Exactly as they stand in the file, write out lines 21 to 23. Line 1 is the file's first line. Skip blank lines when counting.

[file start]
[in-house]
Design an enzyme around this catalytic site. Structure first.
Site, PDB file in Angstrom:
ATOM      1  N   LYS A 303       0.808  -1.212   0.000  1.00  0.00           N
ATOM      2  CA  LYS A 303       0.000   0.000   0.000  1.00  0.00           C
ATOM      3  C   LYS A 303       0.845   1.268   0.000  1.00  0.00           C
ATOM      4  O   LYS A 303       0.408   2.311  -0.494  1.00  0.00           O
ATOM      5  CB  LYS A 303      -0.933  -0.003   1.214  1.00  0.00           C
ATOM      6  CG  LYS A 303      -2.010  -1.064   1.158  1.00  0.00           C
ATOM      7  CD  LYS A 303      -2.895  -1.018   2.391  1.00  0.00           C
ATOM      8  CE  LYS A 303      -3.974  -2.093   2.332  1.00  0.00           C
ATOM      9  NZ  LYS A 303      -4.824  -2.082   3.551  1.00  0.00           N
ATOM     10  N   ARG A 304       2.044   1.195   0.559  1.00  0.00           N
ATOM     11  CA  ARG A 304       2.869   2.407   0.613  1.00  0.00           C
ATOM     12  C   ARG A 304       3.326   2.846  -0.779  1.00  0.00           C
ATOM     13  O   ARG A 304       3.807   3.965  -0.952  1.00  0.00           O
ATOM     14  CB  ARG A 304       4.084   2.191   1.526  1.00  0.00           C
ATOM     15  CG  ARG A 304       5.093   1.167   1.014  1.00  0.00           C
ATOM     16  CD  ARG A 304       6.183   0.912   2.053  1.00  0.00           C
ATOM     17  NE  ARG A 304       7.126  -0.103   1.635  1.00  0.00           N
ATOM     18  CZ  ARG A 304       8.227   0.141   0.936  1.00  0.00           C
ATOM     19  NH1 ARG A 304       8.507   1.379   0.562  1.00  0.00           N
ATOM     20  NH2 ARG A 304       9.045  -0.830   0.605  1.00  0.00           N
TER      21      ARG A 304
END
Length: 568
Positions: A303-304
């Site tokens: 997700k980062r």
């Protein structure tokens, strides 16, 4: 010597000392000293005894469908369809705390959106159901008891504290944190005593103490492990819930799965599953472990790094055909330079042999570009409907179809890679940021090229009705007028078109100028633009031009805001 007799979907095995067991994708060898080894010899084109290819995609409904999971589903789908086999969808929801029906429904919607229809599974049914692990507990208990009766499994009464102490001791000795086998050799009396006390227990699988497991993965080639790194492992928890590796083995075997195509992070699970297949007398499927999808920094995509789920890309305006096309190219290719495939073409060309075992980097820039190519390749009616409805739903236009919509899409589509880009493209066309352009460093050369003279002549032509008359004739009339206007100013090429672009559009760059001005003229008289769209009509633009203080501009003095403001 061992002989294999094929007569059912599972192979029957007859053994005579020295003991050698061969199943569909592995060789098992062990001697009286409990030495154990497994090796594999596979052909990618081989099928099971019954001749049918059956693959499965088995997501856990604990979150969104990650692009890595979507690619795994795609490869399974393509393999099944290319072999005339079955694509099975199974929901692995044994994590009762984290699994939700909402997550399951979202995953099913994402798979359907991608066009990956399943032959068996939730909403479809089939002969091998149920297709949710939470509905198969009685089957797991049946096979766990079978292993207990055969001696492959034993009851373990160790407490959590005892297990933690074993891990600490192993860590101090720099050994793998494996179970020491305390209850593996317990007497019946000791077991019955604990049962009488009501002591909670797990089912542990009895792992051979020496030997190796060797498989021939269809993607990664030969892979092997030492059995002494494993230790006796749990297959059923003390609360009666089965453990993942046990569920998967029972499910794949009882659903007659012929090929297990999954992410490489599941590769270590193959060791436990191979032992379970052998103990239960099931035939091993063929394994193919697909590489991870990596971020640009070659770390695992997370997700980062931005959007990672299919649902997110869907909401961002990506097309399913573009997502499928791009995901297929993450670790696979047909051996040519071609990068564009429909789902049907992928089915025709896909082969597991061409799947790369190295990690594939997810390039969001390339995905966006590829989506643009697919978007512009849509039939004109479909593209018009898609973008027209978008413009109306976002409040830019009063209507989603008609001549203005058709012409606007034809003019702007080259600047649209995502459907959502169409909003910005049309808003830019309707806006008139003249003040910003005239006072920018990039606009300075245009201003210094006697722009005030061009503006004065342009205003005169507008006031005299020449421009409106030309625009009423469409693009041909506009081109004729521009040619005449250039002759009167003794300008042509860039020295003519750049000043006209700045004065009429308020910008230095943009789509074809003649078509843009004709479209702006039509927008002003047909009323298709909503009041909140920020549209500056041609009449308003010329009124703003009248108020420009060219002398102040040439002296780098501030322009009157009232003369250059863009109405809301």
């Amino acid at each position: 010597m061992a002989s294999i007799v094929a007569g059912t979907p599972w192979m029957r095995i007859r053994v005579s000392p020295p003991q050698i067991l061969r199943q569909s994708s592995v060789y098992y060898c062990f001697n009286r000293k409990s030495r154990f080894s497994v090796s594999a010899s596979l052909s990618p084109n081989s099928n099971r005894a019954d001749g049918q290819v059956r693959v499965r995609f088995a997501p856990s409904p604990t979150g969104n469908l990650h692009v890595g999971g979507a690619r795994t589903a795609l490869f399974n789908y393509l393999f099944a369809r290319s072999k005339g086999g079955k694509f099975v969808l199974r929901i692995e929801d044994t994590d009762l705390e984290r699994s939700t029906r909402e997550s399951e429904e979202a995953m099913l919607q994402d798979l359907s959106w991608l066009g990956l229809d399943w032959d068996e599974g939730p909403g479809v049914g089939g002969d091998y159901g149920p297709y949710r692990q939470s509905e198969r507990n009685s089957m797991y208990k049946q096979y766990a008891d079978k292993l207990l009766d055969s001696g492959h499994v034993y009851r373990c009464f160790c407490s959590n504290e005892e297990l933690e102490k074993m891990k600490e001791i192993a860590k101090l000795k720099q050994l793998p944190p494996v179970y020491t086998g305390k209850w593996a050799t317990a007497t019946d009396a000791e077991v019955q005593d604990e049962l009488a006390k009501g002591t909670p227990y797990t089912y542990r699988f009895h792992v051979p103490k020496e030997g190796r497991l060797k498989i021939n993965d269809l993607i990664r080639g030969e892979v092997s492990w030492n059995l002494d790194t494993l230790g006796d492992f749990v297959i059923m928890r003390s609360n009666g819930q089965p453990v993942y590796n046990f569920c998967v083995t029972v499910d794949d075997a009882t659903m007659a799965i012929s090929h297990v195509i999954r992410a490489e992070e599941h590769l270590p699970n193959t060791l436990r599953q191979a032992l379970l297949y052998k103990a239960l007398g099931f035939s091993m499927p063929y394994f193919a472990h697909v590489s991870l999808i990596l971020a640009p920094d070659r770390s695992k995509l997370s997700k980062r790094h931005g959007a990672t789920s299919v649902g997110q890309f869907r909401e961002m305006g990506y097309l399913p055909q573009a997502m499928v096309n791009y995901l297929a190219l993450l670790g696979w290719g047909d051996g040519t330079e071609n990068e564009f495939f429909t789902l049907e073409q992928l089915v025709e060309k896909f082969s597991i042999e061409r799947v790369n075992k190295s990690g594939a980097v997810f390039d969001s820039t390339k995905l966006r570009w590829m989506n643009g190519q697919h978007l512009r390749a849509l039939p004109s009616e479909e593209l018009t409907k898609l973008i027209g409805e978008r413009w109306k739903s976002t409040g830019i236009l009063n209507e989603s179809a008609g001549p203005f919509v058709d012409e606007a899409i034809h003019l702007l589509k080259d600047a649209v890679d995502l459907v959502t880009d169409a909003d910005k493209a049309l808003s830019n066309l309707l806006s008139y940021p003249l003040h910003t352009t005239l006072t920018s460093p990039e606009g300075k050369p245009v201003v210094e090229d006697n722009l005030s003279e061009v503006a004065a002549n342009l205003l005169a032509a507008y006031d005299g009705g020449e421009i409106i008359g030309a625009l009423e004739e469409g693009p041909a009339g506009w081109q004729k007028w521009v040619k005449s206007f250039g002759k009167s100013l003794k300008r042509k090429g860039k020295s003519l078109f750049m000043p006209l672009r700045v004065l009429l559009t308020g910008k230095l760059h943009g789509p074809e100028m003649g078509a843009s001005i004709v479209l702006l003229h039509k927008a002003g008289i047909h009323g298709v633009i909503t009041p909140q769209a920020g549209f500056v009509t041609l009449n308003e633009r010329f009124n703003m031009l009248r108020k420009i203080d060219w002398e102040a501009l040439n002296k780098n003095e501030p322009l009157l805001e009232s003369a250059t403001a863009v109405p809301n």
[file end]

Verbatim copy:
ATOM     18  CZ  ARG A 304       8.227   0.141   0.936  1.00  0.00           C
ATOM     19  NH1 ARG A 304       8.507   1.379   0.562  1.00  0.00           N
ATOM     20  NH2 ARG A 304       9.045  -0.830   0.605  1.00  0.00           N